The weather has returned to something a little more favorable for hiking and biking, and the National Weather Service forecasts a spring that should be drier and warmer than normal.

In fact, we’re already into allergy season here. Junipers and elms. Honk, snurk, hawwwwk, ptui, etc.

Two of the four people we know who have been looking for work have found it, so, yay. The jobs may not be ideal, but neither are the times. So it goes.

I am not looking for work, but it seems to have been looking for me. Adventure Cyclist asked if I wanted to dash off a little sumpin’-sumpin’ that is not a bicycle review, and we’ll see how that goes. Having been without a column for a while now, I’m kind of out of practice as regards busking for bucks.

It’s much easier to do that here, where I’m both organ grinder and monkey, all at once. Out there in the workaday world they expect you to dance to their tune, when they’re hiring at all.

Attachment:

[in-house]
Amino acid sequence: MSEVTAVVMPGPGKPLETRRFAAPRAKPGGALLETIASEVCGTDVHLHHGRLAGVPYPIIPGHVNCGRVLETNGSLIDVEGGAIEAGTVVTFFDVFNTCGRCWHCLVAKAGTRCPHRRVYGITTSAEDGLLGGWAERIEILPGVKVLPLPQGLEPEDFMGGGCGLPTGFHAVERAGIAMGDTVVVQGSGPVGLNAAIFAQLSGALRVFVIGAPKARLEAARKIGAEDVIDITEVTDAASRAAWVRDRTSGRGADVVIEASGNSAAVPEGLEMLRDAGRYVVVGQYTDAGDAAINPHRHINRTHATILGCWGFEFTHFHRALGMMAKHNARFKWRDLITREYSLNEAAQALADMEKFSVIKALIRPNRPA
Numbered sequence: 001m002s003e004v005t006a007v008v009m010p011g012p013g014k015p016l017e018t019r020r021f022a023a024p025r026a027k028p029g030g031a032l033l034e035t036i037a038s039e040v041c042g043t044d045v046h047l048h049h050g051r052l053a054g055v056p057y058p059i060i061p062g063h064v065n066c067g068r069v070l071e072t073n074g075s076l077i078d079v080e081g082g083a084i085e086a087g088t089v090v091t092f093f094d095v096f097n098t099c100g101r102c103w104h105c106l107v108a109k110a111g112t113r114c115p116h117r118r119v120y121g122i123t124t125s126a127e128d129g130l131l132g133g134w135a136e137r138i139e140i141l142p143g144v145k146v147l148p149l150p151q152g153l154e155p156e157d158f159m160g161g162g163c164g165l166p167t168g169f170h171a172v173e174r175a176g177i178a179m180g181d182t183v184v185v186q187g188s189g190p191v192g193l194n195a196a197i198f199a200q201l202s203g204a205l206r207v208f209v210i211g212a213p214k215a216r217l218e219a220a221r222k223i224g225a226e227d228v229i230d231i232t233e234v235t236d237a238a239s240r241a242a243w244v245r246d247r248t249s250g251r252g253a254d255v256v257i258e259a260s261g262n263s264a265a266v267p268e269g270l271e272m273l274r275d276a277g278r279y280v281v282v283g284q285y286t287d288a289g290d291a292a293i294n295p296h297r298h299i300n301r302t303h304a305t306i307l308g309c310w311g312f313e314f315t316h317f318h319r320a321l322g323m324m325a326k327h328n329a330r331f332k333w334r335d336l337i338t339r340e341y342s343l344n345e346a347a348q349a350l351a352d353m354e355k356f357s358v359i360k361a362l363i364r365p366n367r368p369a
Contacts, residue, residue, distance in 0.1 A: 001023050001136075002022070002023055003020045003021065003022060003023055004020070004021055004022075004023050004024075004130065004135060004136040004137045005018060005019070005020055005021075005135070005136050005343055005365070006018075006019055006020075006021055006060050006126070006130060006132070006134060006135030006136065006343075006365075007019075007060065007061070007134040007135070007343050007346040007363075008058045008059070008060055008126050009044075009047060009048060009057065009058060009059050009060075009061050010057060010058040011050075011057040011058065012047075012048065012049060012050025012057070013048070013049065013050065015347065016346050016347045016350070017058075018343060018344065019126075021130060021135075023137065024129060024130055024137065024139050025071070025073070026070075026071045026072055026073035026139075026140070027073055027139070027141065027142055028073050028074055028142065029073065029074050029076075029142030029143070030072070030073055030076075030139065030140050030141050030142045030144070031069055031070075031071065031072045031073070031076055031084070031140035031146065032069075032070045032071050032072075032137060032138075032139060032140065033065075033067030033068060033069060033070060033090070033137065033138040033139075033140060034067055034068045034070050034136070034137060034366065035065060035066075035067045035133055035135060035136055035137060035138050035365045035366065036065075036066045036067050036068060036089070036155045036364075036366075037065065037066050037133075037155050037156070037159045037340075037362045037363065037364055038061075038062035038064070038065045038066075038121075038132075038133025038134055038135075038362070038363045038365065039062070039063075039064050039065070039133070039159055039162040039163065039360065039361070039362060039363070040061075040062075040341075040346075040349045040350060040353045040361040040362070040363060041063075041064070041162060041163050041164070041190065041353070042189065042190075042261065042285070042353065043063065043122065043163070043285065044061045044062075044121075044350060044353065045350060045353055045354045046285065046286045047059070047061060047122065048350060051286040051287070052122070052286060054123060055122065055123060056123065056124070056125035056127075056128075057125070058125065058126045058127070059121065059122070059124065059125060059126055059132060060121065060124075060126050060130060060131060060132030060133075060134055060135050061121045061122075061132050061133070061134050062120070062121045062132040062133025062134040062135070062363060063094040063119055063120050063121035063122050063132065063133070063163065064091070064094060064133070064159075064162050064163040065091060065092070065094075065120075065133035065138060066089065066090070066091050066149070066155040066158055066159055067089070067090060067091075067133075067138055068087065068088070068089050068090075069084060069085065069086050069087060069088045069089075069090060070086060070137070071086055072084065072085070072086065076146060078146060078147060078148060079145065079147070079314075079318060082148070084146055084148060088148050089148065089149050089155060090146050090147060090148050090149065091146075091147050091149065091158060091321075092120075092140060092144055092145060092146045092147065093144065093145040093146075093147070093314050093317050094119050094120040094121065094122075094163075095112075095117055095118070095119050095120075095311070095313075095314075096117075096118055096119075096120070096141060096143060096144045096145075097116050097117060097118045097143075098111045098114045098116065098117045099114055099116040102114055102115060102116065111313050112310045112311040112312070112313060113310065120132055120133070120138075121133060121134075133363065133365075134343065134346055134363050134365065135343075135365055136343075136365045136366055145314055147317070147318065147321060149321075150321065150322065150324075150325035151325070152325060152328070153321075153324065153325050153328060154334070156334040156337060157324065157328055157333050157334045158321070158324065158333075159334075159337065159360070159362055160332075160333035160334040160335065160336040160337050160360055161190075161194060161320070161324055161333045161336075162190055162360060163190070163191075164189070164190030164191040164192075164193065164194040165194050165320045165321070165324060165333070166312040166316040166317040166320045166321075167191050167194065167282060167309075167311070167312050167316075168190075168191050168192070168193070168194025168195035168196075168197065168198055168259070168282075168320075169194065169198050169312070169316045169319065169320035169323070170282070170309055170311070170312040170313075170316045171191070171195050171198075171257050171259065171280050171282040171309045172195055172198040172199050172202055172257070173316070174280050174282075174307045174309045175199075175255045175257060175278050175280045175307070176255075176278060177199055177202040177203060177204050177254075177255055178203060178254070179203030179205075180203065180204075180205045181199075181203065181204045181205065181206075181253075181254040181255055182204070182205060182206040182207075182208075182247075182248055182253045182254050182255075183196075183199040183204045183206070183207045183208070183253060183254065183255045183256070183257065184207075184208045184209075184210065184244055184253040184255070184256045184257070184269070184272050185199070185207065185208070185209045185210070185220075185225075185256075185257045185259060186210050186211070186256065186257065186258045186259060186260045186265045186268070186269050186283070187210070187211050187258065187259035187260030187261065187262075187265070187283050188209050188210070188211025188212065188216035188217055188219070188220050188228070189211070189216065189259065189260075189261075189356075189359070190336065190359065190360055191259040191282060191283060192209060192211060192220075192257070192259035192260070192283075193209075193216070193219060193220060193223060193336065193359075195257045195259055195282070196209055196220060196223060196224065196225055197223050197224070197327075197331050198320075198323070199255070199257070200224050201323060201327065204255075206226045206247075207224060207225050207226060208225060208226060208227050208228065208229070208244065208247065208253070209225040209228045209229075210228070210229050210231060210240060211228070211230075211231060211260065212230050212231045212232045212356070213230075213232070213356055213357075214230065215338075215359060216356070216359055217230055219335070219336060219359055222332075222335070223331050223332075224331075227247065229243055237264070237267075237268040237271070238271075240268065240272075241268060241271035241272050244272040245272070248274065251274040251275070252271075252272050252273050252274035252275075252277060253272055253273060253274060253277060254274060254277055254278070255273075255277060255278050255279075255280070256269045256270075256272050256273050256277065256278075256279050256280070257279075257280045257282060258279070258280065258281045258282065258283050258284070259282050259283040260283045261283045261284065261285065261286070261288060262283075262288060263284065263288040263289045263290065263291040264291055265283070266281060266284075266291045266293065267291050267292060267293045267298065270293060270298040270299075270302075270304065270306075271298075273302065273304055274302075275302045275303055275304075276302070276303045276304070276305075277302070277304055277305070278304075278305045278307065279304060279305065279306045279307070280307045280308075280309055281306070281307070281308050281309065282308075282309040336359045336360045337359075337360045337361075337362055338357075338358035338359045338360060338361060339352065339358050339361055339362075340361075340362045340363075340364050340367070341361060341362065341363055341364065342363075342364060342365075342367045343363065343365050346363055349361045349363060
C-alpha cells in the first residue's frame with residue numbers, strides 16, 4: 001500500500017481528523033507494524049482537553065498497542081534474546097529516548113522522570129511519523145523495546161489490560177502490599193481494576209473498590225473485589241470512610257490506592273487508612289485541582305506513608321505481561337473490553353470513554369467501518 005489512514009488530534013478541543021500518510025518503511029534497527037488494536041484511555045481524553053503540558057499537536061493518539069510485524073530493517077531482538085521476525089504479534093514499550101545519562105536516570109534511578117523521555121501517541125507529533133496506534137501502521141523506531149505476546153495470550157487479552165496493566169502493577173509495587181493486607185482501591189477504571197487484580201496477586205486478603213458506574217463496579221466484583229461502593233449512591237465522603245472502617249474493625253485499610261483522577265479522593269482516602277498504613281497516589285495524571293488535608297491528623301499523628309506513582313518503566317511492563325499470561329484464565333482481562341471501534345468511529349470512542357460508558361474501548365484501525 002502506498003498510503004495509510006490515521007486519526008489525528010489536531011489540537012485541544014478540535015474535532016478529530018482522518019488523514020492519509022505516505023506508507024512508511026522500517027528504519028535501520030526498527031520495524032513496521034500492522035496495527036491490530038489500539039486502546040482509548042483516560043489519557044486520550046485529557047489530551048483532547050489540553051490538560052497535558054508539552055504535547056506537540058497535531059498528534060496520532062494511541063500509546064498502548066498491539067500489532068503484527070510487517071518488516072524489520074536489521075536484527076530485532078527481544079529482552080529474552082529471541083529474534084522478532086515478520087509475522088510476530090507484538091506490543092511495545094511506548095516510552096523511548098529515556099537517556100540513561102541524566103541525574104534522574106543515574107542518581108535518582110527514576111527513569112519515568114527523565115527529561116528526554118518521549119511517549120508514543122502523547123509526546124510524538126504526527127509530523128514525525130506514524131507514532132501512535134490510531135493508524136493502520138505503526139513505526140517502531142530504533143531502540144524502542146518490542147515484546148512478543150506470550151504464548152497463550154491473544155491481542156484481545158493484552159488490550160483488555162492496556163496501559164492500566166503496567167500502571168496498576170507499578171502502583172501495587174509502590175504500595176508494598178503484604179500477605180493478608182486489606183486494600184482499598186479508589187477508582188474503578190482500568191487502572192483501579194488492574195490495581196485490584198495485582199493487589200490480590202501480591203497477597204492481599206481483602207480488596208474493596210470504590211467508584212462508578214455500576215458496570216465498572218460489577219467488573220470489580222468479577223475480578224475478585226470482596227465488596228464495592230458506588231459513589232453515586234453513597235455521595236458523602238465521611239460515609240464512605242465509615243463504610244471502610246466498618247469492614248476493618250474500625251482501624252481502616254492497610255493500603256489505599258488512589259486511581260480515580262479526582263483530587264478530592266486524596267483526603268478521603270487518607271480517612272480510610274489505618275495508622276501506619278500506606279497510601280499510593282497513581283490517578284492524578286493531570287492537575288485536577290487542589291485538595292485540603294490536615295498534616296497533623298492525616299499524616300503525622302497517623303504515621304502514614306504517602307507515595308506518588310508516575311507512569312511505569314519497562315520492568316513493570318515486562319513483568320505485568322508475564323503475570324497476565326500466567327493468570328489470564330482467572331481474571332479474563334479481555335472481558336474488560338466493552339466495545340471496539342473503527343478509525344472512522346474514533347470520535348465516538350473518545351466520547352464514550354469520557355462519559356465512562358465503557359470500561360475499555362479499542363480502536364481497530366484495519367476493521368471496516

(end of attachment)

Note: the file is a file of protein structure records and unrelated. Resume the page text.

R.I.P., LHT

January 17, 2021

The Surly Disc Trucker, up against the Wall of Science.

A moment of silence, please, for the Surly Long Haul Trucker, which rolled west in November. It was 16.

When I reviewed the Surly Disc Trucker for the July 2020 issue of Adventure Cyclist, product manager Amy Kippley told me the rim-brake LHT wasn’t going anywhere other than everywhere, just like always.

“Our Long Haul Trucker is the best,” she said. “We’re team #savetherimbrake all the way. People love to build that frame up and make it their own. There’s nothing quite like touring-tinkering.”

Maybe so. But there was nothing quite like 2020, either. And therefore never send to know for whom the [bike] bell tolls; it tolls for thee.

Come the February 2021 issue of Adventure Cyclist, our very own Khal S. — himself a LHT owner — was reading the bike’s obituary, headlined “Requiem for a Two-Wheeled Dream.”

“It was a bike that could do nearly everything, and usually did. At any given time, you could close your eyes, toss an ice-cream sandwich into Adventure Cycling’s courtyard, and hit a Long Haul Trucker.”

Progress marches on, they say. But when it trucks, from Surly, it will do so with disc brakes.

If you can’t say anything nice. …

January 8, 2021

It’s not Cold Mountain, but then again I’m not Han Shan, either.